FORT COLLINS, Colo. (Reuters) - There are fewer than eight weeks left in the 2019-20 U.S. marketing year, and soybean exports appear more likely to meet the U.S. government’s full-year prediction than those for corn.
U.S. corn and soybean exports are seen hitting seven- and six-year lows in 2019-20, respectively, though the exact outcome will be important for setting the starting supply levels for 2020-21, which begins on Sept. 1.
The U.S. Department of Agriculture will publish its next monthly supply and demand report on Friday at noon EDT (1600 GMT), and U.S. corn and soybean inventories are in for some changes following the agency’s quarterly stocks and acreage reports from June 30.
Exports are relatively trackable, so they do not usually drive surprises in quarterly stocks like the one observed a week ago for corn. However, corn exports may be subject to a reduction on Friday based on the latest data, though that is less probable in the case of soybeans.
The United States exported 1.97 million tonnes of soybeans in May, the smallest volume for any month since June 2017, according to data published on Thursday by the U.S. Census Bureau.
Only 164,218 tonnes or 8% of the total were to China, the lowest monthly volume to the leading global buyer since December 2018. May shipments to all other buyers totaled 1.8 million tonnes, the second-largest volume for the month in recent history behind 2018’s trade war-driven anomaly.
Export inspections data places June soybean exports in the vicinity of 1.8 million tonnes, and about 15% of that was to China.
Using the June assumptions would place 2019-20 soybean exports through 10 months at 38.9 million tonnes or 1.43 billion bushels, down half a percent from the same period a year earlier but 24% below two years ago.
As of June 25, the United States had sold 45.04 million tonnes of soybeans for export in 2019-20, more than USDA’s marketing-year export prediction of 44.9 million tonnes (1.65 billion bushels).
USDA announced on Monday that China had purchased 264,000 tonnes of soybeans for delivery in 2019-20. That means more than enough soybeans have been sold to reach USDA’s prediction, and that is probably a requirement to simply meet the target.
A small amount of the total annual sales is usually rolled over to the next marketing year, a couple percent at most. Some of those sales get shipped and counted in the next year’s tally, but some are cancelled, so it is best to have a small sales cushion in place to avoid falling short of the forecast.
U.S. corn shipments got off to a very slow start in 2019-20, but the second half of the year has been more promising. May exports totaled 5.7 million tonnes, the second-largest May total on record and the most for any month since August 2018.
June inspections suggest last month’s corn exports around 5.3 million tonnes, which would bring September-through-June shipments to about 36.5 million tonnes or 1.44 billion bushels. That would be down more than 20% on the year.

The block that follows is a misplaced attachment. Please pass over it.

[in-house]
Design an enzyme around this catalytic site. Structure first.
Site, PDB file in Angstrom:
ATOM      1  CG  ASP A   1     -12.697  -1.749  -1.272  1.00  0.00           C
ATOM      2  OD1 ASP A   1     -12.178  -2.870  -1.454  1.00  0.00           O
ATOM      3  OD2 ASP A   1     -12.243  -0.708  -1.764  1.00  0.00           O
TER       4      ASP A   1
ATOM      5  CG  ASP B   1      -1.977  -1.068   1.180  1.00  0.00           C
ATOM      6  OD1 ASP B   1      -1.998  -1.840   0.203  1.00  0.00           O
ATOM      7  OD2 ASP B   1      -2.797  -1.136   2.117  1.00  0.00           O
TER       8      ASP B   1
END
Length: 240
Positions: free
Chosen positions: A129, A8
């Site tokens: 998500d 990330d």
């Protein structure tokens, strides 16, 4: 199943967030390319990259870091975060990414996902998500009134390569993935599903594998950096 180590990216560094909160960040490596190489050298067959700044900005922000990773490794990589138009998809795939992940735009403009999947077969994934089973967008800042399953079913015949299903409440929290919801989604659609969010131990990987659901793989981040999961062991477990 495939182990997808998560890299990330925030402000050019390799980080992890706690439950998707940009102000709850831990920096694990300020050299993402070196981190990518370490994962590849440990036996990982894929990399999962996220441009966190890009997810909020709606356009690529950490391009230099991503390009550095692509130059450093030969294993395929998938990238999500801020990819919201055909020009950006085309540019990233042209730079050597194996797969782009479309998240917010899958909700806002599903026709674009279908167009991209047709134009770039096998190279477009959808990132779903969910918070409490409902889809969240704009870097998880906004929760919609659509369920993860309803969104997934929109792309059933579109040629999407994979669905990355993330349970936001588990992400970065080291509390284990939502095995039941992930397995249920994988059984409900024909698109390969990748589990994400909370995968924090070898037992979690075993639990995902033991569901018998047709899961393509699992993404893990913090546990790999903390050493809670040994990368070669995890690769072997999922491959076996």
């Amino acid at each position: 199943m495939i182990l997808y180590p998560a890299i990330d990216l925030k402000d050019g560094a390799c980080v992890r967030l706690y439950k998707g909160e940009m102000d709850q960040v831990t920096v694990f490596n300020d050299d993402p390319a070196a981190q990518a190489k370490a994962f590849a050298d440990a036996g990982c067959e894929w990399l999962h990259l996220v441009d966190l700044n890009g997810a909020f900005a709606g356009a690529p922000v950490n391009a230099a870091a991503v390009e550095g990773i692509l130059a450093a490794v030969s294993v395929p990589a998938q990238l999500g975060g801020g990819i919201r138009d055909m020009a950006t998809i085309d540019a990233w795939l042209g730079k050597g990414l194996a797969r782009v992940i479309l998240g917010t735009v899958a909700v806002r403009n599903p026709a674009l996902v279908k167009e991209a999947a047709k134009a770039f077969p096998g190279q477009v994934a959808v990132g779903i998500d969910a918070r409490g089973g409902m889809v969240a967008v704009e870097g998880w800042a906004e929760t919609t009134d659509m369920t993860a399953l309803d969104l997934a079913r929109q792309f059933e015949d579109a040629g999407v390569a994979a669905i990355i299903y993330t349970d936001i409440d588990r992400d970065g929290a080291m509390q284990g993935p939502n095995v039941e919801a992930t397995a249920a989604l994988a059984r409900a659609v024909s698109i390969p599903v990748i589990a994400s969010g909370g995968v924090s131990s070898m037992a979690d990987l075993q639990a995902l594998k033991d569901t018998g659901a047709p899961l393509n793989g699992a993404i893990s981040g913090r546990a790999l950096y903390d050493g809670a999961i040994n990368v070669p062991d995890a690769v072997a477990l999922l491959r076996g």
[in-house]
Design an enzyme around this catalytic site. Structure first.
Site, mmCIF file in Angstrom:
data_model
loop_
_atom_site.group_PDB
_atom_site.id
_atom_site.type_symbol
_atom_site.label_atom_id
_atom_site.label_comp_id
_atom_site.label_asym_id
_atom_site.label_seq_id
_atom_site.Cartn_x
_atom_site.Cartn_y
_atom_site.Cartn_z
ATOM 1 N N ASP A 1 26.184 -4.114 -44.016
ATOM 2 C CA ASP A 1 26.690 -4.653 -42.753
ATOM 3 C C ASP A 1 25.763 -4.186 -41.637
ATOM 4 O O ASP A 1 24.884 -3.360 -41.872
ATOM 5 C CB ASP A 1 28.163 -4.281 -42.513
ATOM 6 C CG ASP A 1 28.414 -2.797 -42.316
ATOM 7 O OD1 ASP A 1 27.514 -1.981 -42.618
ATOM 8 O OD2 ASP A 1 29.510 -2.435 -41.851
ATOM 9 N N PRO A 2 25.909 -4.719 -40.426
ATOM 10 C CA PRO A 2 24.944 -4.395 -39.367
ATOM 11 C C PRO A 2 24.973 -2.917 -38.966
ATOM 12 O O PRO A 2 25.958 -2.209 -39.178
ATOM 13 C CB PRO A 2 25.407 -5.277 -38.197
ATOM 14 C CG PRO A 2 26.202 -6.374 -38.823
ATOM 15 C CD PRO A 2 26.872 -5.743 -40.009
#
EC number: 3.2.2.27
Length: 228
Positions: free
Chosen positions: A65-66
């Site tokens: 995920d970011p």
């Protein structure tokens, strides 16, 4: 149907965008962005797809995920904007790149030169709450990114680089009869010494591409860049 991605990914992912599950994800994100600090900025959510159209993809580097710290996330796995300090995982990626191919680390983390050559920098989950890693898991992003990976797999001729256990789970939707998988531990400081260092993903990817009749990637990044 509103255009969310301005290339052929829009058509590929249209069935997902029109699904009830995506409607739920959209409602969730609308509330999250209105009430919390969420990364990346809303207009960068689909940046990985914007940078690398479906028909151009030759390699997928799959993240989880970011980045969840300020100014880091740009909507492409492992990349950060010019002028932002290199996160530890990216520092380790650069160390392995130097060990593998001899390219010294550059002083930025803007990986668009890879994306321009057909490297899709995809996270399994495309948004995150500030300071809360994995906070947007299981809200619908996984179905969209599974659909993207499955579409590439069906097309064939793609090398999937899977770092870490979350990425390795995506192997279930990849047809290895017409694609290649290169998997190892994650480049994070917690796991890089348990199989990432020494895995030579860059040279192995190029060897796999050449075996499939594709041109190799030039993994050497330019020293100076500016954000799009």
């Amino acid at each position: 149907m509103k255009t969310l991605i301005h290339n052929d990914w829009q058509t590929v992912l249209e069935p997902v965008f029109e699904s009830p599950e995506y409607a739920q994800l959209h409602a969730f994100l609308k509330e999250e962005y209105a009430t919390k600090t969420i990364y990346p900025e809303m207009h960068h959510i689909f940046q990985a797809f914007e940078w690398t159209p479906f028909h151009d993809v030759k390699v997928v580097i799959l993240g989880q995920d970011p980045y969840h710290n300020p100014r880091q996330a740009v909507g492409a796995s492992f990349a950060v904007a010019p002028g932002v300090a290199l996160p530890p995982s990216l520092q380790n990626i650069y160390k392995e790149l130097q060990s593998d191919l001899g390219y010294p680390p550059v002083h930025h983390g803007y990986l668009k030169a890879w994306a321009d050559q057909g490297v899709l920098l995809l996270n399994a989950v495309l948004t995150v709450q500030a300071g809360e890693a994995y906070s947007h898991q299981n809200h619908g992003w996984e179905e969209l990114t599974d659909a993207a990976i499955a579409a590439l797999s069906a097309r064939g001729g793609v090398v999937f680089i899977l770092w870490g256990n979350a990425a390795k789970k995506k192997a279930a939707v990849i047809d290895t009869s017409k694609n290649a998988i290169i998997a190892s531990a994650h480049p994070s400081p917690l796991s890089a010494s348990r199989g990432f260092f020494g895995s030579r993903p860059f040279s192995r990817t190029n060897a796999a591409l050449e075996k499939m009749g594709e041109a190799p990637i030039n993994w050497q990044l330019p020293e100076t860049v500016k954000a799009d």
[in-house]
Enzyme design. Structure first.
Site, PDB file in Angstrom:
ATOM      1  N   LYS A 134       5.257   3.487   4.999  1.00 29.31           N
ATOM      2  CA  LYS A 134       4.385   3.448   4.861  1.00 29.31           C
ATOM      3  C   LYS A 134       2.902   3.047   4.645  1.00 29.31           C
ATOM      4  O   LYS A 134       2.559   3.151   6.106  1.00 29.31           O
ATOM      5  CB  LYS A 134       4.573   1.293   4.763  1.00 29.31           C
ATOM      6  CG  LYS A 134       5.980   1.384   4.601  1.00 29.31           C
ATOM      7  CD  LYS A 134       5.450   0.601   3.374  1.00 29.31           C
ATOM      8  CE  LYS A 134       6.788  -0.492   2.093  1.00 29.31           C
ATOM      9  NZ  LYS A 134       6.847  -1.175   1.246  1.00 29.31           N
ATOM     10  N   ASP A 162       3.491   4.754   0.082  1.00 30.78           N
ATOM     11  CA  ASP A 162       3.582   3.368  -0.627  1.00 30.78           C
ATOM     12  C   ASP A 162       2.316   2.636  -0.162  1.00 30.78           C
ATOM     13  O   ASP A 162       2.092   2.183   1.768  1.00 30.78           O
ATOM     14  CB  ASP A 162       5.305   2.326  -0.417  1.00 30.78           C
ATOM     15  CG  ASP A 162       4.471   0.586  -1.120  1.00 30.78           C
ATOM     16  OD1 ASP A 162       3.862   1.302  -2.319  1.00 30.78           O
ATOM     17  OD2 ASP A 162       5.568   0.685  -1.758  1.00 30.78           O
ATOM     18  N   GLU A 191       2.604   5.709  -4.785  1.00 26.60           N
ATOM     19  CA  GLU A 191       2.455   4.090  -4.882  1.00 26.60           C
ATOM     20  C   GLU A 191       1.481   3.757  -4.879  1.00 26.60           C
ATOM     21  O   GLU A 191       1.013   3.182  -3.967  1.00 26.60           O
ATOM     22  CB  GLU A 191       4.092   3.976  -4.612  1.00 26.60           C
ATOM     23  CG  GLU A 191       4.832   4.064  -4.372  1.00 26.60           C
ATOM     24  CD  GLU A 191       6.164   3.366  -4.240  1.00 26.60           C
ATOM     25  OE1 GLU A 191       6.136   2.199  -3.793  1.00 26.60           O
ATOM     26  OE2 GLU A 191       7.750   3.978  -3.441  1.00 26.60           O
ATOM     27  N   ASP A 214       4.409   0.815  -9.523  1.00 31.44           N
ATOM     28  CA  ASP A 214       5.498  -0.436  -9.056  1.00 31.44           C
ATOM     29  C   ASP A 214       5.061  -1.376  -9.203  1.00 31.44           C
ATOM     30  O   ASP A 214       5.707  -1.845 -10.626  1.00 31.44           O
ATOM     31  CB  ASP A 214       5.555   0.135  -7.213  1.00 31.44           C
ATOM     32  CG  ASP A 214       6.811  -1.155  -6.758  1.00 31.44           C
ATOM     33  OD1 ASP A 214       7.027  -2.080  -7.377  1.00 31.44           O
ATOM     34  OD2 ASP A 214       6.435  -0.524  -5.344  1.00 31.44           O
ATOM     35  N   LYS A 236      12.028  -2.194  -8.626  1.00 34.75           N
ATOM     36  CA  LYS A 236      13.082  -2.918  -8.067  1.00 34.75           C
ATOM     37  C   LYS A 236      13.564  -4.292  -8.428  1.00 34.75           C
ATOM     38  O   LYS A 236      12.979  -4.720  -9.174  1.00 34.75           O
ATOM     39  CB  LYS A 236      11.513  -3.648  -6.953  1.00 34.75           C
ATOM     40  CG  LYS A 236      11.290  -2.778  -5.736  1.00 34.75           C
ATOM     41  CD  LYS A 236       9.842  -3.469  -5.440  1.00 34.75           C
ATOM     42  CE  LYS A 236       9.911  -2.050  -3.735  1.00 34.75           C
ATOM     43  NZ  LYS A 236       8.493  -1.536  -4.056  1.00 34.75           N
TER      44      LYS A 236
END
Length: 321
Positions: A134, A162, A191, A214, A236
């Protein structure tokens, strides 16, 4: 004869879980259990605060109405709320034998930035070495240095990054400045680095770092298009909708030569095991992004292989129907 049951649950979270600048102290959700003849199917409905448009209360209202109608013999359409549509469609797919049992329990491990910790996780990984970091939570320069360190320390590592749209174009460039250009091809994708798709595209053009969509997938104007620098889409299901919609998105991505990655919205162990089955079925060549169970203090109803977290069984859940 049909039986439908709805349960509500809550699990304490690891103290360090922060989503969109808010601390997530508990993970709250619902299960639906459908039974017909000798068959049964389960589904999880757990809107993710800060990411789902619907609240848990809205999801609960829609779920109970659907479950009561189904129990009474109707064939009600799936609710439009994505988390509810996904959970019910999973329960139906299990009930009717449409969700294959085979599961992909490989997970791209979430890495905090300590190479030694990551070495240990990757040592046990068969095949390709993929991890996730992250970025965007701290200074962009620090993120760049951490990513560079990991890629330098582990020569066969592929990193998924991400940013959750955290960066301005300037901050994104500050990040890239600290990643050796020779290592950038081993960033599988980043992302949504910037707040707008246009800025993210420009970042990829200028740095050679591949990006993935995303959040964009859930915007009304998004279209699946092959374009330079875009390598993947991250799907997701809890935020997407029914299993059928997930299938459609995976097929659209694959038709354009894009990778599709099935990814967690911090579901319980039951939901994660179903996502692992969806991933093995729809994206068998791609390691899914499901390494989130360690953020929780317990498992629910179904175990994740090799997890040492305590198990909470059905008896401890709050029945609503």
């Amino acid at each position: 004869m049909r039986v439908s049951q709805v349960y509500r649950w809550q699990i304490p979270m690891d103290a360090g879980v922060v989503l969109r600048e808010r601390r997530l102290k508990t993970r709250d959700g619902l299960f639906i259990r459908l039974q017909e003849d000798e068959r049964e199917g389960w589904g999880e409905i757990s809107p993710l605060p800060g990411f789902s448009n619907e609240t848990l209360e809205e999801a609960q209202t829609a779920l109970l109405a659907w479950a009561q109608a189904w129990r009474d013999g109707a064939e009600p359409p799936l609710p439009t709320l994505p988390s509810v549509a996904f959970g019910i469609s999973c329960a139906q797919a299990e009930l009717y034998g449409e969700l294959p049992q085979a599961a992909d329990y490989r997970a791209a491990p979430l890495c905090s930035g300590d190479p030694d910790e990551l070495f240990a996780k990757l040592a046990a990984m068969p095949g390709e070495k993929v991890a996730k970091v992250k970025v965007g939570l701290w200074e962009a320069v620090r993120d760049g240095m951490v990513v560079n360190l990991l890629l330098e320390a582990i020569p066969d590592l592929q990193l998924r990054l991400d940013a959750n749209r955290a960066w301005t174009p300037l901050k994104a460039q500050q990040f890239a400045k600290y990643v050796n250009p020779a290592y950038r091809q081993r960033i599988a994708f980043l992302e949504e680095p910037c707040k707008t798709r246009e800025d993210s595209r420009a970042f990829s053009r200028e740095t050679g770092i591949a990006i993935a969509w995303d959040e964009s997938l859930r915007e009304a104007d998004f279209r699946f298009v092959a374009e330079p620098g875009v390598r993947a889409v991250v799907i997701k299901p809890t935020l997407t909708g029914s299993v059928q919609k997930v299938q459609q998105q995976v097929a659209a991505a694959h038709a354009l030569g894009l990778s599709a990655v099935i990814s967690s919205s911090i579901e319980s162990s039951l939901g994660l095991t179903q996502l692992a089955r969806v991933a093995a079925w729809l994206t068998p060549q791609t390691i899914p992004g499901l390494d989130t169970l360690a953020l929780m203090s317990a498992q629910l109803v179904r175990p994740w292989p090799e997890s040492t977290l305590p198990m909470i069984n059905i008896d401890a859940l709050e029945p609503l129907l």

Given USDA’s 2019-20 export target of 45.1 million tonnes or 1.775 billion bushels, that means July and August shipments would have to total around 4.3 million tonnes each, which is slightly below the recent average.
But sales are short. As of June 25, old-crop corn export bookings totaled 42.3 million tonnes, some 2.8 million short of USDA’s full-year projection. Within the last five years, sales after June 25 reached 2.8 million tonnes in 2016 and 2018, both South American drought years, and those sales were less than 3 million.
In the other three years, corn sales for that period average 1.2 million tonnes. Considering the relatively large amount of unsold corn and potential rollover sales, USDA’s 2019-20 export estimate may be unreachable.
Last month, USDA pegged U.S. corn stocks to rise more than 50% over the next year to 33-year highs, but that will change on Friday after USDA’s June acreage report revealed a shockingly small planted corn area.
That new area number should bring projected 2020-21 U.S. corn ending stocks well below the June estimate of 3.323 billion bushels. Analysts’ average guess for Friday’s report is 2.683 billion bushels, which would still be a 33-year high but up only 18% from their 2019-20 estimate.
Along with the new acres, analysts likely considered the bearish quarterly stocks surprise, as USDA placed June 1 corn supply some 273 million bushels above market expectations. It is uncertain whether a potential reduction in either exports or other fourth-quarter demand is also reflected in the average trade estimate for 2020-21 carryout, but that is more likely the case for those guesses on the higher end of the range that extends to 3.01 billion bushels.
In terms of psychological supply levels, “3” seems to be the new “2” when it comes to the lead number on 2020-21 U.S. corn ending stocks. Market bulls are more likely to feel like things are on the right track if the projection is well below 3 billion bushels. In prior years, bulls were often roused when inventories were predicted to fall short of 2 billion bushels.
On the other hand, U.S. soybean ending stocks for 2020-21 are seen down more than 50% from 2018-19’s record, which largely resulted from the trade war with China. June 1 soybean stocks came in as analysts predicted, and they peg new-crop carryout at 416 million bushels for Friday’s report, up from 395 million last month.
The opinions expressed here are those of the author, a market analyst for Reuters.
Editing by Matthew Lewis